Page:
Thursday, September 08, 2022

Sand Thieves in Zimbabwe

 Sand poachers have wrought huge scars on land across Zimbabwe as they harvest river sand. 

According to the Environmental Management Agency (EMA), Zimbabwe’s statutory body responsible for ensuring the sustainable management of natural resources and protection of the environment, approximately 1694 hectares of land are affected by sand-poaching in the country, with Harare contributing to over 850 hectares of the statistics. EMA statistics have shown that as of December 2019, 9.5 million square meters of land across Zimbabwe had degraded due to illegal sand poaching.

Environmentalists like Happison Chikova, based in Harare, blamed Zimbabwe’s poor economy for the land degradation unleashed by sand poachers.

“These people have no jobs. They think by digging up sand soils for sale, believing they may break free from bankruptcy and poverty, but alas. They only make the environment suffer as they get very little money that hardly changes their lives,” Chikova explained.

For Gavanga and many others, sand-poaching has been a source of income for years.

This patch of land has given us money over the years, and we can’t afford to leave it. We are here to stay, and we are here to turn the sand into money,” Gavanga told IPS.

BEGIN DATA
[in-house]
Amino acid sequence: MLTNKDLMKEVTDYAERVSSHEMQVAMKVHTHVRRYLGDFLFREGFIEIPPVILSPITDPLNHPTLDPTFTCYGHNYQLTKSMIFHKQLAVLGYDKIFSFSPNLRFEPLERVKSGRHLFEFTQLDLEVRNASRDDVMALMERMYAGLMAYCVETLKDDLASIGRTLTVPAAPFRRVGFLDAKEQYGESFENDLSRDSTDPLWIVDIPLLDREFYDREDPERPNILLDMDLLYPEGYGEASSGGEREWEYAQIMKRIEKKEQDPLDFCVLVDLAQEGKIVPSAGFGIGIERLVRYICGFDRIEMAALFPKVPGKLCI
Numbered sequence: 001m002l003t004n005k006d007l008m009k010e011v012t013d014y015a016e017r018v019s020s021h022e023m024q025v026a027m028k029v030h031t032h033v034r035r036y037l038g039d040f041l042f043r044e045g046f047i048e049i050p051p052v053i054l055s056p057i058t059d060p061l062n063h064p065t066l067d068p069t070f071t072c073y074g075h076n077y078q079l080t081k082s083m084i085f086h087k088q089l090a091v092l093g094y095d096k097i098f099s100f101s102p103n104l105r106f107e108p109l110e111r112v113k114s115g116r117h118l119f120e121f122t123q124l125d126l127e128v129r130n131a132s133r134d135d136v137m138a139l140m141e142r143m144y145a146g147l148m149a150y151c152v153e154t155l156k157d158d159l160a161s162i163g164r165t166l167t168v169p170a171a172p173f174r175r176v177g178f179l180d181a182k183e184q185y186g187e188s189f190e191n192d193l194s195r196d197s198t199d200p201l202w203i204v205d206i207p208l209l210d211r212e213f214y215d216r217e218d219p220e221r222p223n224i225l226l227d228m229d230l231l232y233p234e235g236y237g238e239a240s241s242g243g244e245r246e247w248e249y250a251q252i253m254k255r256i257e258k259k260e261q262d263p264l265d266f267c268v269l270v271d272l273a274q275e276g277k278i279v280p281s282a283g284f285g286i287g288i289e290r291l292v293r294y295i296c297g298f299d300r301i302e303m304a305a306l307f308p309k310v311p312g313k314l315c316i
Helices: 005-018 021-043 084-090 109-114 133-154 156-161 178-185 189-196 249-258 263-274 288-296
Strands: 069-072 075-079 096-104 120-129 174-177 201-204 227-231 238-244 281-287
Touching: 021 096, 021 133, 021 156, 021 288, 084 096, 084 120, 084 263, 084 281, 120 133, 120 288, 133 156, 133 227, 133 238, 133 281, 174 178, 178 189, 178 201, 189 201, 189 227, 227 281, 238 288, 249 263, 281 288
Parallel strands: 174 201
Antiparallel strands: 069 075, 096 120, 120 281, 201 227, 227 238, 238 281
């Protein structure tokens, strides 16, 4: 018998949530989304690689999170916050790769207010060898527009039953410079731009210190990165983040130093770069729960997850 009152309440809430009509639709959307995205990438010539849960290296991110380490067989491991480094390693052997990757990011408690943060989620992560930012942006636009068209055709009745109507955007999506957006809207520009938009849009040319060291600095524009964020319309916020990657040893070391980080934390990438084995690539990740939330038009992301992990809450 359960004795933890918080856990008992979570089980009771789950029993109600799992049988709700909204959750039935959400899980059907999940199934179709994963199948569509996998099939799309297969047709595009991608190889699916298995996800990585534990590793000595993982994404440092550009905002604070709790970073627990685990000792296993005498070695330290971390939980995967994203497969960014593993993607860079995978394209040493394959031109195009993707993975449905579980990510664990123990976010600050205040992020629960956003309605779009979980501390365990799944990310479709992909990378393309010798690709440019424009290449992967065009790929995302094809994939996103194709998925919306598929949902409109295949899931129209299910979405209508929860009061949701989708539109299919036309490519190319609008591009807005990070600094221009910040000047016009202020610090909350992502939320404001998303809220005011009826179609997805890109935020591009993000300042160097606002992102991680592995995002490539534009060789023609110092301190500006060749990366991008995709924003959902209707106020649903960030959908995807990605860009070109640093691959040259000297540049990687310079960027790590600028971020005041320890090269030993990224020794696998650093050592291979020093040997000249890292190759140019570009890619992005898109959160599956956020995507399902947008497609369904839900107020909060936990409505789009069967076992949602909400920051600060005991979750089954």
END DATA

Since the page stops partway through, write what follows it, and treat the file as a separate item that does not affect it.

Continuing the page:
Gavanga is unfazed by the severity of damage unleashed on the giant swathes of land they have invaded in Chitungwiza. What they care about is money. Gavanga claimed they make at least 30 to 40 US dollars daily from the enterprise.

“We just bring our picks and shovels here, and customers come with their trucks, and we fill the trucks with the sand we sell. Yes, this isn’t our land, but we have to survive from it even though (the authorities say) we are not allowed to mine,” 34-year-old Melford Mahamba, one of Gavanga’s colleagues, told IPS.  “The profits are huge since sand sells for 6 to 8 US dollars a cubic meter. We sell to clients using their own transport,” said Mahamba. The sand poachers, in fact, incur very few costs, and the only costs they have to shoulder are the bribes given to council police.

But that is bad news for the environment. Sand poachers damage vegetation while they dig out wide and deep pits which subsequently get flooded each rain season.

“Sand poaching increases Zimbabwe’s vulnerability to flooding in areas receiving high rainfall, with the practice of sand poaching also threatening wetlands, but sand poaching also affects water availability downstream, which then affects water use for climate adaptation purposes,” Ray Ncube, an environmental lawyer.

Sand Poachers Fueling Environmental Harm in Zimbabwe | Inter Press Service (

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